Twitter On The iPad 5


Ever since I purchased my iPad last week I have been searching high and low for a twitter client to take pride of place on my home screen. Those who have looked at my apps screen will have seen that i’ve been going through twitter clients at an astonishing rate; and at last I think I have found the one. However here are my thoughts and reasoning behind not sticking with the ones which I originally tried.

Twitterrific:
The first app which I tried was Twitterrific (iTunes link) due to its very attractive price, it was free. The first time I opened a native iPad application was Twitterrific. The crisp look, clarity and layout of Twitterrific utilized every square inch of the large iPad screen, and new twitter features such as lists. Responding to tweets and compiling tweets was a straight forward process, with the ability to follow conversations within a couple of touches. There was major drawback, there was no ‘address book’ of contacts; meaning that if you wanted to mention another person in your tweet, you had to remember the @username and input it manually, something which I simply can’t do. Twitterrific, sadly got uninstalled after a few minutes.

Twitterrific, its a beautiful client, but with one major flaw, you have to remember all the names of the people you tweet.

Twitterrific, its a beautiful client, but with one major flaw, you have to remember all the names of the people you tweet.

TweetDeck:
The second client that found its self onto my iPad was TweetDeck (iTunes Link). I had stayed clear of the Mac client as it utilizes the CPU intensive AdobeAir format, however the iPad version had no such issues. Once again, TweetDeck took full advantage of the larger screen by allowing columns to be created listing a live twitter stream, mentions, direct messages, or lists. It solved the problem that Twitterrific had by allowing twitter addresses to be added into tweets. However this client didnt support conversation threads. One of the most enjoyable aspects of twitter is having conversations with people you have never met, but share the same interests. This is of course impossible if you have no conversation support, and cant see what their last tweet was in reply of. To me the conversation support feature was even more critical in a twitter client than ‘address’ support. TweetDeck got uninstalled after a few minutes.

Another beautiful looking twitter client, but once again my joy is short lived as there is no conversation support.

Another beautiful looking twitter client, but once again my joy is short lived as there is no conversation support.

Tweeterena 2:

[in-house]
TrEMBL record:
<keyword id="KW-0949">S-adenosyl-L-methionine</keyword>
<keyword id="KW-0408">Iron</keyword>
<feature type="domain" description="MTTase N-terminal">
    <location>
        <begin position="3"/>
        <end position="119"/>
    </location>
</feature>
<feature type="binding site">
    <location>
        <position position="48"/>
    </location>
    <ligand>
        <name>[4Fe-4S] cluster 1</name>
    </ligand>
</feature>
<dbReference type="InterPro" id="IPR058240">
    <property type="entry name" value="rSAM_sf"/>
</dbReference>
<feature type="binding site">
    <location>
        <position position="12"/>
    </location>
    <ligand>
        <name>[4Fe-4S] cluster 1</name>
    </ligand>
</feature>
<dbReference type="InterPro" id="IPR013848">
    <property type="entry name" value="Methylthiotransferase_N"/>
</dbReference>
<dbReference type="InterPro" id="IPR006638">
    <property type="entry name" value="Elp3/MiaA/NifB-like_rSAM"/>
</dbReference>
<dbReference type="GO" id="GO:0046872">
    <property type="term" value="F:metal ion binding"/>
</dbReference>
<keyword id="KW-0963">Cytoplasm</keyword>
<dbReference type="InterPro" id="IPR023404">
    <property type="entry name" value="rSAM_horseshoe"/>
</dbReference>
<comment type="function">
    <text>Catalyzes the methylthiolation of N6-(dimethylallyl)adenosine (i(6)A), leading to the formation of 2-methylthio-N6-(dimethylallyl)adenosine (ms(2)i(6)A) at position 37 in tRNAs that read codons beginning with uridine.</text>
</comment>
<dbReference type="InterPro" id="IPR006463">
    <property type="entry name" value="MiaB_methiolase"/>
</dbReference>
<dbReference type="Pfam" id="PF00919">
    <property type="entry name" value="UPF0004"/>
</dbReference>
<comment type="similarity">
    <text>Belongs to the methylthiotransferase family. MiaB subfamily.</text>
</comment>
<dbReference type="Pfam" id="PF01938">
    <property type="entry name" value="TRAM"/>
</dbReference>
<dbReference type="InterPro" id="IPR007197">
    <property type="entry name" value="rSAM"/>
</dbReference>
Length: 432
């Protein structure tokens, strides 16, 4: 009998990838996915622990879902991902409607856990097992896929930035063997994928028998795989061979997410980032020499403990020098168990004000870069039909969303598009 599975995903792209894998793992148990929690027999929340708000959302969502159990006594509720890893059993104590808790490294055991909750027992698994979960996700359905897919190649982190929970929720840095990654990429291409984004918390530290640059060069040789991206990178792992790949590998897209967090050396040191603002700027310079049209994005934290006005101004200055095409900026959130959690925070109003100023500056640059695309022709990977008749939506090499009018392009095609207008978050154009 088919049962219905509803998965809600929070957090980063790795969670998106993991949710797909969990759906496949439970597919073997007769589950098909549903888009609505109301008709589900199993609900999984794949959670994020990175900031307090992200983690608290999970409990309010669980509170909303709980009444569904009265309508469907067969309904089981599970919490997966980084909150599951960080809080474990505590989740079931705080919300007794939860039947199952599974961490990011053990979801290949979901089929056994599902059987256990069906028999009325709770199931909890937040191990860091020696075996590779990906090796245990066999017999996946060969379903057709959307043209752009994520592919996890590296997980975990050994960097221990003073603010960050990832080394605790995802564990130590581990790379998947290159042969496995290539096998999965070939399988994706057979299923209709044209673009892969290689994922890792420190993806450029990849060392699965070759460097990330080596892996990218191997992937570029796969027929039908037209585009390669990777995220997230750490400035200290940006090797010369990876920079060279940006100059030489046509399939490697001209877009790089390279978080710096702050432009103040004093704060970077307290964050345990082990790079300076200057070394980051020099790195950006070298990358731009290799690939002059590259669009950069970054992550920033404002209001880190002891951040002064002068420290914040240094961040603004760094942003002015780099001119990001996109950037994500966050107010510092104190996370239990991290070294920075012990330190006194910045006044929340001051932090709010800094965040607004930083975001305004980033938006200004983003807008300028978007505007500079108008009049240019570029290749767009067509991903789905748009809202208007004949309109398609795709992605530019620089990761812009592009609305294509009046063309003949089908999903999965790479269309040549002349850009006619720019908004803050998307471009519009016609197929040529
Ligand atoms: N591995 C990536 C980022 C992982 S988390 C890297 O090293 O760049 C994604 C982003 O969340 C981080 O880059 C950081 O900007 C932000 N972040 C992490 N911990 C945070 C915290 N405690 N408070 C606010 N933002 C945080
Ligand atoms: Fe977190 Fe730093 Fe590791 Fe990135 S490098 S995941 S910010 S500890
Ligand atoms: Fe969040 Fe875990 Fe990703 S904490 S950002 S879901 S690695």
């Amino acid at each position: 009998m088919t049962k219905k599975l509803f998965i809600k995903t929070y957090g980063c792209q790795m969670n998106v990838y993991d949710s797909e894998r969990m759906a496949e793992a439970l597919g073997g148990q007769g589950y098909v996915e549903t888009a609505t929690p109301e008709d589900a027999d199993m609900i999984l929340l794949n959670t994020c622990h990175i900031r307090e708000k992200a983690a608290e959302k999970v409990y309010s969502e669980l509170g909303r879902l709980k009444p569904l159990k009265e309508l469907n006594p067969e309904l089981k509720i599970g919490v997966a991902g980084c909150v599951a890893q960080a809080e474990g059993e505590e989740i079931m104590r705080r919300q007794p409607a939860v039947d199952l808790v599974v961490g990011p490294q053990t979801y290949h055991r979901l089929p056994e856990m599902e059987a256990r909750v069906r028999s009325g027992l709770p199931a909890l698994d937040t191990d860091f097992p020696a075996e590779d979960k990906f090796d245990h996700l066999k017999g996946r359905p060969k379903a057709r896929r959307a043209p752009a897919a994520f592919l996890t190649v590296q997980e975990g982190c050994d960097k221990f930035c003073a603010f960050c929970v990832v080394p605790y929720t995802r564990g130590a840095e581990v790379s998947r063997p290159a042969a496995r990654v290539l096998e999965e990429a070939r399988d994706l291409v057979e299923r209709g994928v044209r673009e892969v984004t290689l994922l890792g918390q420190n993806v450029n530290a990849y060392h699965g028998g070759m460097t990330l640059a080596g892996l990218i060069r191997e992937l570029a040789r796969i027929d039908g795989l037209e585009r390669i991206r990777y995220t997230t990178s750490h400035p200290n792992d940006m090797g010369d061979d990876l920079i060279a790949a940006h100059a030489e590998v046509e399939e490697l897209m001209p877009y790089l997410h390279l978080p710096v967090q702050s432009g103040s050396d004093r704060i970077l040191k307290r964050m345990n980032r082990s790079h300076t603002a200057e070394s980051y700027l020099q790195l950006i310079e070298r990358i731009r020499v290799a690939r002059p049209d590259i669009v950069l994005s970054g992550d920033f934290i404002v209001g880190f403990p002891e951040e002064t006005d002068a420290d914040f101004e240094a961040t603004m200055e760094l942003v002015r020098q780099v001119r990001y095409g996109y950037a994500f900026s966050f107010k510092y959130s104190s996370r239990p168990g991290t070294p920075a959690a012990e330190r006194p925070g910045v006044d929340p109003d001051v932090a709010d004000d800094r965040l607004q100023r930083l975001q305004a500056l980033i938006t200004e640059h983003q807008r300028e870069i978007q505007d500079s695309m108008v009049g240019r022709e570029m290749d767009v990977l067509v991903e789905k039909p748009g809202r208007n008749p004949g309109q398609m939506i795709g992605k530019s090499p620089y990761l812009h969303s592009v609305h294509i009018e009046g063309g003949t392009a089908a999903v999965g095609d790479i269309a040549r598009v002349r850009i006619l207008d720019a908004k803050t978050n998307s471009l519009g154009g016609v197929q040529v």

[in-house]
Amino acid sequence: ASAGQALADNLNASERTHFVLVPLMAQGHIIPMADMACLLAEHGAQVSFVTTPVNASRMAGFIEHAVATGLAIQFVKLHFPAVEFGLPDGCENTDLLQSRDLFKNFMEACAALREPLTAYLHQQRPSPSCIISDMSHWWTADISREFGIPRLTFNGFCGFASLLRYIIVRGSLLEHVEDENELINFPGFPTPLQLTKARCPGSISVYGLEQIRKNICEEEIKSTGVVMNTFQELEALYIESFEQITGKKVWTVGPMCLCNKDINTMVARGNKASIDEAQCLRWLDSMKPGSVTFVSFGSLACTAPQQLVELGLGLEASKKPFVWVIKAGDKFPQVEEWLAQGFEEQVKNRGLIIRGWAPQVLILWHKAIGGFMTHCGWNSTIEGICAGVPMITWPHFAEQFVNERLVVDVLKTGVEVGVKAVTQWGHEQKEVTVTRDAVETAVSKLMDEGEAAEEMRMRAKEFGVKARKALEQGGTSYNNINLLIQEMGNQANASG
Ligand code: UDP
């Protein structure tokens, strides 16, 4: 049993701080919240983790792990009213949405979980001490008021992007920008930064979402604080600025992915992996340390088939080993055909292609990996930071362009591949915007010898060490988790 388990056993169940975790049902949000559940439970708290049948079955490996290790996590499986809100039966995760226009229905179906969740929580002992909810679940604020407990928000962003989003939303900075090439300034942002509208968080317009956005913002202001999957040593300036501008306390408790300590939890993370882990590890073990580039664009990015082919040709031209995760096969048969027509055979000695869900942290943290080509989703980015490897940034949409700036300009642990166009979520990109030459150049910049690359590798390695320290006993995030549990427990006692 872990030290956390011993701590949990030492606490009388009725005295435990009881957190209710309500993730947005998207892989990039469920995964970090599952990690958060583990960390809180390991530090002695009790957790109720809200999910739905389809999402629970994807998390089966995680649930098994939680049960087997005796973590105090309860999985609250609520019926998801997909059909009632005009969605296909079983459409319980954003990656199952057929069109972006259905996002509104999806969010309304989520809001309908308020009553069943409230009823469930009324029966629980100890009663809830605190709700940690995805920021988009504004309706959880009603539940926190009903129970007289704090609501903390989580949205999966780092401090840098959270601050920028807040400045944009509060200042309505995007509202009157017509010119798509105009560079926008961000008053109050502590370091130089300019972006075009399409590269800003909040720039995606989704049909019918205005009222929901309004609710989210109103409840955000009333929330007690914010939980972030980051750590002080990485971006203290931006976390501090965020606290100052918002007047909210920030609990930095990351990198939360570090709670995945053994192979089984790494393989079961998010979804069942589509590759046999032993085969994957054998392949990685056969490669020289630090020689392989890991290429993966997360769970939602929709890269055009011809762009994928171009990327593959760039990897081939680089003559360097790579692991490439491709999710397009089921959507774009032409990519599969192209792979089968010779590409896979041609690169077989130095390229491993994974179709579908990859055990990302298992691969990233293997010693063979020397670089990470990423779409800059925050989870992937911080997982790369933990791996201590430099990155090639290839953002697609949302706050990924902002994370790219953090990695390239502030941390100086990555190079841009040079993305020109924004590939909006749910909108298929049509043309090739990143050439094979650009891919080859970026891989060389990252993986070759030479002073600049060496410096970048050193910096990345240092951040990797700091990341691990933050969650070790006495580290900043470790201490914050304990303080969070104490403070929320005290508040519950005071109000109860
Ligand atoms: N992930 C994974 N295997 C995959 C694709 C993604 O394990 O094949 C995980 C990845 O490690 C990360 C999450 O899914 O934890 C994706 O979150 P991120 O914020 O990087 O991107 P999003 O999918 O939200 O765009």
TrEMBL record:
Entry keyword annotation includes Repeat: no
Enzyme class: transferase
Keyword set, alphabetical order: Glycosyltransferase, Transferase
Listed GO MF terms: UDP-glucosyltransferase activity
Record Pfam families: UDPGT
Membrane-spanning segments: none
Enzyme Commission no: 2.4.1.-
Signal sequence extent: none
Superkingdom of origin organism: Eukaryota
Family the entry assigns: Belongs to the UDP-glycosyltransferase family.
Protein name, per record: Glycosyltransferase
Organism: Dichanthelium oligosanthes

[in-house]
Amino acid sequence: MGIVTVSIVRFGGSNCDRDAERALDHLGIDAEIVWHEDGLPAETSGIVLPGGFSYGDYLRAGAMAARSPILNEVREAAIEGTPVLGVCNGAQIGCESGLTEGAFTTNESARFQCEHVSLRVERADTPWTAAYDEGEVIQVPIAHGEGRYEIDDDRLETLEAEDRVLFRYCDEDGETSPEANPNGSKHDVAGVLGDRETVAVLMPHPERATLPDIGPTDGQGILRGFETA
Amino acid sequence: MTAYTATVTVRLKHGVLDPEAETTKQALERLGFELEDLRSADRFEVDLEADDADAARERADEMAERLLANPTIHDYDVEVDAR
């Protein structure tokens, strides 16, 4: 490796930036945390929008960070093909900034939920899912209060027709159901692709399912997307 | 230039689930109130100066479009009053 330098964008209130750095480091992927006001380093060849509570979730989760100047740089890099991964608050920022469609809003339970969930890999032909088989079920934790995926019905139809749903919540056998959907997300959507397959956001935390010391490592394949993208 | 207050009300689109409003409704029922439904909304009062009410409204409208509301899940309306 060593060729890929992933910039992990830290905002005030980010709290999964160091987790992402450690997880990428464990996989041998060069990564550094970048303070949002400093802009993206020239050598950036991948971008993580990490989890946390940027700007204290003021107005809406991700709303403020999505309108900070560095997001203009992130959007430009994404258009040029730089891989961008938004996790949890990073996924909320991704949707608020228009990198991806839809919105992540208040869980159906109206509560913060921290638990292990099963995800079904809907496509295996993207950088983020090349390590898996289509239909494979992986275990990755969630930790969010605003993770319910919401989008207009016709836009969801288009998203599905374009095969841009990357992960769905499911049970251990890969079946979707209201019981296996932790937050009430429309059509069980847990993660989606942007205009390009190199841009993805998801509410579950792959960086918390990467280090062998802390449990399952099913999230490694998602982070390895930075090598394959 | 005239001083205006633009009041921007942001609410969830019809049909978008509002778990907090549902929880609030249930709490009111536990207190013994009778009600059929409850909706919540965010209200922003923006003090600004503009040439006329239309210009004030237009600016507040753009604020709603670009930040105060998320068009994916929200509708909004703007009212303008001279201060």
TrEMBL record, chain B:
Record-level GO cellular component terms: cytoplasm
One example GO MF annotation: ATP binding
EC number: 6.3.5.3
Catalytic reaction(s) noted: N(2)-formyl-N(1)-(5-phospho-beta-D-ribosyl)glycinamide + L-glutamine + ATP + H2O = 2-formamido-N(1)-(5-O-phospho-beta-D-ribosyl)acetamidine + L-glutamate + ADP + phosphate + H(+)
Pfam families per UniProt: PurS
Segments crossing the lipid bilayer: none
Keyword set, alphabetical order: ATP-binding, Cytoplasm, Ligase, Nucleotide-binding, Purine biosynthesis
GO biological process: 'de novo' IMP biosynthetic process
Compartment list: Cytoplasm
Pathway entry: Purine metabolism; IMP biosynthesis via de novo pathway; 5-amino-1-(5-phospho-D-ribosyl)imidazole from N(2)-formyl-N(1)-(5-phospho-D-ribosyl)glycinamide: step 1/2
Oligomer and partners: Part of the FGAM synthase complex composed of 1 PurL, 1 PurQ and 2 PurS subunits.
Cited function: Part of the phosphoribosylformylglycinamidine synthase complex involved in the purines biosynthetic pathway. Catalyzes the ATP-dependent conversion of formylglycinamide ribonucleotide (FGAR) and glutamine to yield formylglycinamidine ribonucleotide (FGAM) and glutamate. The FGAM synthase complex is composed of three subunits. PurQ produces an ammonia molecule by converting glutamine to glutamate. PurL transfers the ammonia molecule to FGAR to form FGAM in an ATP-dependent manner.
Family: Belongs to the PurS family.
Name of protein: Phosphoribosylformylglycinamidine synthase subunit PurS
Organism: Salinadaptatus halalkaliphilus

Having had no luck with free twitter clients it was time to move into the realm of paid for clients. This didn’t bother me as I had paid for Tweetie (now Twitter for iPhone), and it was worth every penny. Starting low on the cost scale was Tweeterena 2 (iTunes Link) at just 59p. This was the least esthetically pleasing client I had tried, however it fulfilled all the requirements I had. It displayed my timeline, mentions, conversations and integrated addresses of people who I followed. It was by far the best twitter client I tried, and for the 59p price tag it was a bargain. There was one minor problem, stability. Out of all the applications I had installed on my iPad, Tweeterena 2 was the only application which crashed on me; and it would normally do so after I had composed a tweet, and was just about to send it. Quite understandingly, a lot of developers were suffering with stability issues of their applications, as the iPad emulator differed quite significantly from the actual device. I contacted the developer who was aware of the problem, and informed me that stated that this would be resolved with the next updates. However I couldn’t wait that long, Tweeterena 2 will be come a fantastic client once stability issues are addressed, and it was removed after a couple of days.

Tweeterena solved all my twitter needs, however its current release is a tad to unstable for my liking.

Tweeterena solved all my twitter needs, however its current release is a tad to unstable for my liking.

Twittelator:
Still no joy meant that I was going to take the plunge and invest some serious money (£2.99), and take a closer look at Twittelator (iTunes Link). I had been aware of Twittelator’s existence from day one, however the price point did put me off, especially as there several free clients out there. First thoughts that go through my mind when I load the application is ‘thats one good-looking app’. Twittelator uses boxes to compartmentalized your twitter experience; one box contains your twitter feed, the other contains either; messages, mentions, channels, search, list or draft messages; keeping the screen clutter free. Function wise it fulfilled my needs, ‘address book’ support, conversation history and stability was second to non. All was good. Customization of the app was also a pleasant surprise allowing the changing of background image, I was very impressed indeed. There is only one complaint I have with Twittelator, and that is there no portrait orientation mode. When the iPad is rotated to portrait only one of the ‘boxes’ is available, its usable but not ideal. However as my iPad spends most of its time in landscape so that I can type this problem is a small one (and possibly non-existent). This is by far the best twitter client I have tried, and only wish that this was the first twitter client I tried. If you have the same requirements as me I highly recommend that you spend £2.99, and like me have your joy of twitter rekindled.

Twittelator fulfills all my requirements of an iPad twitter client, and now take pride of place on my iPads home screen.

Twittelator fulfills all my requirements of an iPad twitter client, and now take pride of place on my iPads home screen.